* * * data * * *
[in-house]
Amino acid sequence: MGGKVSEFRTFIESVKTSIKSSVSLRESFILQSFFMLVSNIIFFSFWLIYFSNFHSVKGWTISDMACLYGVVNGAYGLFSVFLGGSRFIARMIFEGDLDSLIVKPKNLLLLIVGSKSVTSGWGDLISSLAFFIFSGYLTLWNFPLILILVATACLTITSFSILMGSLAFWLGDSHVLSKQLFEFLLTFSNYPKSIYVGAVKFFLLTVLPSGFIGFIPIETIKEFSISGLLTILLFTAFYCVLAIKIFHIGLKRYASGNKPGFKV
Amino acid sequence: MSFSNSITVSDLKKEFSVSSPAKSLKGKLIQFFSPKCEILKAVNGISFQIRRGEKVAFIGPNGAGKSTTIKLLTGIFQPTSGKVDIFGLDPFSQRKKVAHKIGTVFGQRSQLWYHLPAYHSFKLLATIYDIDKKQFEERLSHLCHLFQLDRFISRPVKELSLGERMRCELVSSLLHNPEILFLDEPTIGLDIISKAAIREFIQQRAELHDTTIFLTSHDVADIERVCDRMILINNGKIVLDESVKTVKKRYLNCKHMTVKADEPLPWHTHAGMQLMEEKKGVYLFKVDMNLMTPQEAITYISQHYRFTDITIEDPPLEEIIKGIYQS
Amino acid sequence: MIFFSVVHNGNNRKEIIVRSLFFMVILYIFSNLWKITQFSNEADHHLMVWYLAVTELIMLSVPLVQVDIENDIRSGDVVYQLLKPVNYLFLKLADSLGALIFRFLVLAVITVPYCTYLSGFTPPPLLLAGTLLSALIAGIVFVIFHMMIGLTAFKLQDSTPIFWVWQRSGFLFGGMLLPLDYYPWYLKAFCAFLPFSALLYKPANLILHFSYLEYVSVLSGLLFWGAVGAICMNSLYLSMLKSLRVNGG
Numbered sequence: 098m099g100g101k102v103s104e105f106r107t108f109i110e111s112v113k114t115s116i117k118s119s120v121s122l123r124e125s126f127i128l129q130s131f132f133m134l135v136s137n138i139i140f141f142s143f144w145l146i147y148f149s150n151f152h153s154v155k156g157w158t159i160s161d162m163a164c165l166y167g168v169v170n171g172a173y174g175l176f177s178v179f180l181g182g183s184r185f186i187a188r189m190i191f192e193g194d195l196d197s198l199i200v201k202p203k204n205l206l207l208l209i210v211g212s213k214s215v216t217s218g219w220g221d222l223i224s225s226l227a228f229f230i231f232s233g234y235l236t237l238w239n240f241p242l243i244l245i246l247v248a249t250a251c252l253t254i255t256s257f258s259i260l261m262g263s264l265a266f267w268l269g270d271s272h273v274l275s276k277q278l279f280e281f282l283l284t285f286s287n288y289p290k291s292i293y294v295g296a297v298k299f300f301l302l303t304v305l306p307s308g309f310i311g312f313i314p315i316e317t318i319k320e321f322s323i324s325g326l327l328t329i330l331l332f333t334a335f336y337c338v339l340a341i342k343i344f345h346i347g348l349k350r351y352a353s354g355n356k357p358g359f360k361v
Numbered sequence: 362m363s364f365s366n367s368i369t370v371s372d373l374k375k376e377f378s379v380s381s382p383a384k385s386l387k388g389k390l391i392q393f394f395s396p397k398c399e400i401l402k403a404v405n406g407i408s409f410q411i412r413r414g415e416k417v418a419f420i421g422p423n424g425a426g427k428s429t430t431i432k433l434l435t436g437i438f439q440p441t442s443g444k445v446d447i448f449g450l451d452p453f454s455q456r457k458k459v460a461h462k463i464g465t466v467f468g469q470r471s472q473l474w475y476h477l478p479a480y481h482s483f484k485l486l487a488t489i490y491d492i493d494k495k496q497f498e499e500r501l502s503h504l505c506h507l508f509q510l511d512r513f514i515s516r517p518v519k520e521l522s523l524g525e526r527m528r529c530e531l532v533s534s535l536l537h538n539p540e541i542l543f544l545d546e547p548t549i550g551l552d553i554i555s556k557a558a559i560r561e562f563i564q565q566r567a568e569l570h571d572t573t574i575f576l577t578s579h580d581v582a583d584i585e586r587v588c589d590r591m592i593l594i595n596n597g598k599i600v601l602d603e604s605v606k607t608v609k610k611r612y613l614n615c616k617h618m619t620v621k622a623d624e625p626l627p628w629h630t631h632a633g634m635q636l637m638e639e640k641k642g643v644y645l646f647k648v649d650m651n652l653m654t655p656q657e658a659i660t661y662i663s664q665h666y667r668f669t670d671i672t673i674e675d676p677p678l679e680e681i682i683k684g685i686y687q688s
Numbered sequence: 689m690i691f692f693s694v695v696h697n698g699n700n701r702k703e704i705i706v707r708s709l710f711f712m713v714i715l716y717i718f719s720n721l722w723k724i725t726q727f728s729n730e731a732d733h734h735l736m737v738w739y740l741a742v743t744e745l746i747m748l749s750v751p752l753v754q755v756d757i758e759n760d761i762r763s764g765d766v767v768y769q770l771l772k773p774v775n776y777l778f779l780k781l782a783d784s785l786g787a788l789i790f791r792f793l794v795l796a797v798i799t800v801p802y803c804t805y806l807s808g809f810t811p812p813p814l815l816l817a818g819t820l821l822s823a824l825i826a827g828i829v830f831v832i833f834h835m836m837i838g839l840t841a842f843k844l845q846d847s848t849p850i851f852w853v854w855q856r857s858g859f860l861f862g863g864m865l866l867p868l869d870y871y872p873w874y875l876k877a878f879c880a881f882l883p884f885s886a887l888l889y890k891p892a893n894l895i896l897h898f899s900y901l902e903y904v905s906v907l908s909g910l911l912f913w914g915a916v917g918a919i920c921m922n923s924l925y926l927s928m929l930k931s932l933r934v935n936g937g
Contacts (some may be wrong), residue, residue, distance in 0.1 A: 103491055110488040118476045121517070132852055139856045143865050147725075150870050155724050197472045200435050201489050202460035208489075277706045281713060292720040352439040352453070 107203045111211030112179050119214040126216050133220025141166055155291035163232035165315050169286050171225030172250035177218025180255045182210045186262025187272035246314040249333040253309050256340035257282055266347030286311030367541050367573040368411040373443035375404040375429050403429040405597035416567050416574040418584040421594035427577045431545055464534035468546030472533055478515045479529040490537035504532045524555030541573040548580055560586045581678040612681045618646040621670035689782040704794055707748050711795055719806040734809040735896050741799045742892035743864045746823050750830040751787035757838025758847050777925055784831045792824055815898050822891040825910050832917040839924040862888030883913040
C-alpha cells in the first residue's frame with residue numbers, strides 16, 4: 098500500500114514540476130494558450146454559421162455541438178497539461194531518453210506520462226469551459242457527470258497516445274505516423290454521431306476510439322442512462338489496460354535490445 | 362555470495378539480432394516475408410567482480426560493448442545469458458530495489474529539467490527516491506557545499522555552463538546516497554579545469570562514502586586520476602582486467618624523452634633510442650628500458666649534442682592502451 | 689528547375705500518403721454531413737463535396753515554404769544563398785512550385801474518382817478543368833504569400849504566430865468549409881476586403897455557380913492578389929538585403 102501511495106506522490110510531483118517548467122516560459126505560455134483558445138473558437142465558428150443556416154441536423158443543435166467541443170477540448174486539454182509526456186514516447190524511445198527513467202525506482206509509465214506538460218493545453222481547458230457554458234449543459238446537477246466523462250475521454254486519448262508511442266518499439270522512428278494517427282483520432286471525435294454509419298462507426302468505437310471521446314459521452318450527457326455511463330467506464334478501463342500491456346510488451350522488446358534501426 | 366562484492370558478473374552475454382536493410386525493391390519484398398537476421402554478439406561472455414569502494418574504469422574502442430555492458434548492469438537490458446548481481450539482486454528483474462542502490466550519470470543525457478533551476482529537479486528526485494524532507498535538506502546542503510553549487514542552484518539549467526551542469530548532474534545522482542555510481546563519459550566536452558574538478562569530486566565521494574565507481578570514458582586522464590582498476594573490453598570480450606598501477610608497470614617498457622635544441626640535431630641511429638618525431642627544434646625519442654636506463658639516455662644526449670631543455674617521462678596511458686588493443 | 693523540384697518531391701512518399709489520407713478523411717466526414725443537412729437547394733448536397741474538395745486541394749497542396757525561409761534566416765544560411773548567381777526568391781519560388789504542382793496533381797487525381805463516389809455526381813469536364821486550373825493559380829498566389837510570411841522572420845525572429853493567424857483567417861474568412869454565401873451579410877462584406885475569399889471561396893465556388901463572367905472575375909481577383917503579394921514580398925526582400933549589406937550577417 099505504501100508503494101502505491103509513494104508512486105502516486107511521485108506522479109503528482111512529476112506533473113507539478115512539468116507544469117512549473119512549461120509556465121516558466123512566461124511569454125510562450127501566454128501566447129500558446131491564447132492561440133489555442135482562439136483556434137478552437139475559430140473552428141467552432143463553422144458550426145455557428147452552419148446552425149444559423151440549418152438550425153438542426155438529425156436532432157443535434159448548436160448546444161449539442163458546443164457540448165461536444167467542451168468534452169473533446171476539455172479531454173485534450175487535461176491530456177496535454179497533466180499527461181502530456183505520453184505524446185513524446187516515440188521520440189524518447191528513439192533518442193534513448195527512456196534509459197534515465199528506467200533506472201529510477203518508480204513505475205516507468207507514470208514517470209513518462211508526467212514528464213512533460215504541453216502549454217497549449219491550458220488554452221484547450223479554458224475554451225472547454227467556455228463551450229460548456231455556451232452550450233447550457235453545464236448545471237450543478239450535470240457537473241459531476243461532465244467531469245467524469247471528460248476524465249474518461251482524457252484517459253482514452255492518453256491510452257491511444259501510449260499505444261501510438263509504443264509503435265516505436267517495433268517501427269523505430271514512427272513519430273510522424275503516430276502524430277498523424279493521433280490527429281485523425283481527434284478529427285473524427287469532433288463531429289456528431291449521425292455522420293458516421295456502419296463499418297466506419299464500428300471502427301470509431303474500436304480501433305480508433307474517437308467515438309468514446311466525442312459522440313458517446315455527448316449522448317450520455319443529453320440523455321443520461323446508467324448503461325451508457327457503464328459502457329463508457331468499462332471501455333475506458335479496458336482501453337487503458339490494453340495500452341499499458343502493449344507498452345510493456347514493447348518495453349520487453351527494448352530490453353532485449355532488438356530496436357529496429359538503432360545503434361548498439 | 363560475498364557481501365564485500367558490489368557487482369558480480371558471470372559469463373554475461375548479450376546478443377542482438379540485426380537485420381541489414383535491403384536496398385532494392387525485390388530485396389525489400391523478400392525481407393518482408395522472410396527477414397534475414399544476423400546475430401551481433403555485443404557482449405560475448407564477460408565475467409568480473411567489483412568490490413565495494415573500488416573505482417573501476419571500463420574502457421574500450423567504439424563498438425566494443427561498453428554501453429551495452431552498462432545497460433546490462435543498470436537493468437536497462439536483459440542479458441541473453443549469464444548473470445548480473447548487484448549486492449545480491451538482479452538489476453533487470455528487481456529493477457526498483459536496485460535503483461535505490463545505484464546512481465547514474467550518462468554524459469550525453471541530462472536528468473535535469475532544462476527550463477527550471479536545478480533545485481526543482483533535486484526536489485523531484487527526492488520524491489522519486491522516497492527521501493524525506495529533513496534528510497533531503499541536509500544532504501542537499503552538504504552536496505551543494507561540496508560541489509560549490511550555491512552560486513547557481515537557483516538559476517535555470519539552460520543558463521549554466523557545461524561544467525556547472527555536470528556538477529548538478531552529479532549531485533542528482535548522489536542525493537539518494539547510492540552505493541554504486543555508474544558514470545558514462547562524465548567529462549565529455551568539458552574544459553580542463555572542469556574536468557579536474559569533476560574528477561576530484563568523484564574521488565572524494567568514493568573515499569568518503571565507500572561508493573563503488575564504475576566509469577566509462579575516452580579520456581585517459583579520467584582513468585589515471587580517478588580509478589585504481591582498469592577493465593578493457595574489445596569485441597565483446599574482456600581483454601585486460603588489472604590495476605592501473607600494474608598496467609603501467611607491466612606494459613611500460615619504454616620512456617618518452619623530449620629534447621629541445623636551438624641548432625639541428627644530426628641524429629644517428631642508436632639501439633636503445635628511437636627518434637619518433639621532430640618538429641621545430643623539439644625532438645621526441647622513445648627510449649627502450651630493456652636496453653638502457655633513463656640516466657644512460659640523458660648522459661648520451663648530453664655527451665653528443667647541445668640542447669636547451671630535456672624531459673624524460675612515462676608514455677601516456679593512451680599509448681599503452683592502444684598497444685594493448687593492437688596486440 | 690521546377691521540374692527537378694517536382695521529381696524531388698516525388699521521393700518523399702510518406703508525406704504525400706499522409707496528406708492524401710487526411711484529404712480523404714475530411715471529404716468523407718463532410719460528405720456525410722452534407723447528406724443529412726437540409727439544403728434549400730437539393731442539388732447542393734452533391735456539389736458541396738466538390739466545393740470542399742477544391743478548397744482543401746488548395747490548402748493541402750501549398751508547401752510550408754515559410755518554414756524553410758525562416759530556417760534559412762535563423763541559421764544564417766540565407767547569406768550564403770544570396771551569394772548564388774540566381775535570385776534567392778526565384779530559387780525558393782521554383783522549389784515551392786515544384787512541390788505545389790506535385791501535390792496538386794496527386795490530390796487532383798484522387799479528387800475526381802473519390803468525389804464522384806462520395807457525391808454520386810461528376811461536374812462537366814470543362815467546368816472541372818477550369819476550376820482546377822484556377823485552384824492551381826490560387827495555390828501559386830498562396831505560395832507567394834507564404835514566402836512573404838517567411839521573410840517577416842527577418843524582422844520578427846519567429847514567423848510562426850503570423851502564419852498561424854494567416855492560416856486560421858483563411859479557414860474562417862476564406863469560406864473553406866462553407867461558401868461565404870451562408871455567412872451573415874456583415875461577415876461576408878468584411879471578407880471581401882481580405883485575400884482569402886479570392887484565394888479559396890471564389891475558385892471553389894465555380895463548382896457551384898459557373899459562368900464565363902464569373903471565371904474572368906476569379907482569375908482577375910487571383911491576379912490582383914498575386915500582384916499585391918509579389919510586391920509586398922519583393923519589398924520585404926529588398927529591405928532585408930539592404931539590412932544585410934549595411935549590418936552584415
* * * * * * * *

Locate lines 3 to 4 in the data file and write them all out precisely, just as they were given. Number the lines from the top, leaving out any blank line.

Amino acid sequence: MSFSNSITVSDLKKEFSVSSPAKSLKGKLIQFFSPKCEILKAVNGISFQIRRGEKVAFIGPNGAGKSTTIKLLTGIFQPTSGKVDIFGLDPFSQRKKVAHKIGTVFGQRSQLWYHLPAYHSFKLLATIYDIDKKQFEERLSHLCHLFQLDRFISRPVKELSLGERMRCELVSSLLHNPEILFLDEPTIGLDIISKAAIREFIQQRAELHDTTIFLTSHDVADIERVCDRMILINNGKIVLDESVKTVKKRYLNCKHMTVKADEPLPWHTHAGMQLMEEKKGVYLFKVDMNLMTPQEAITYISQHYRFTDITIEDPPLEEIIKGIYQS
Amino acid sequence: MIFFSVVHNGNNRKEIIVRSLFFMVILYIFSNLWKITQFSNEADHHLMVWYLAVTELIMLSVPLVQVDIENDIRSGDVVYQLLKPVNYLFLKLADSLGALIFRFLVLAVITVPYCTYLSGFTPPPLLLAGTLLSALIAGIVFVIFHMMIGLTAFKLQDSTPIFWVWQRSGFLFGGMLLPLDYYPWYLKAFCAFLPFSALLYKPANLILHFSYLEYVSVLSGLLFWGAVGAICMNSLYLSMLKSLRVNGG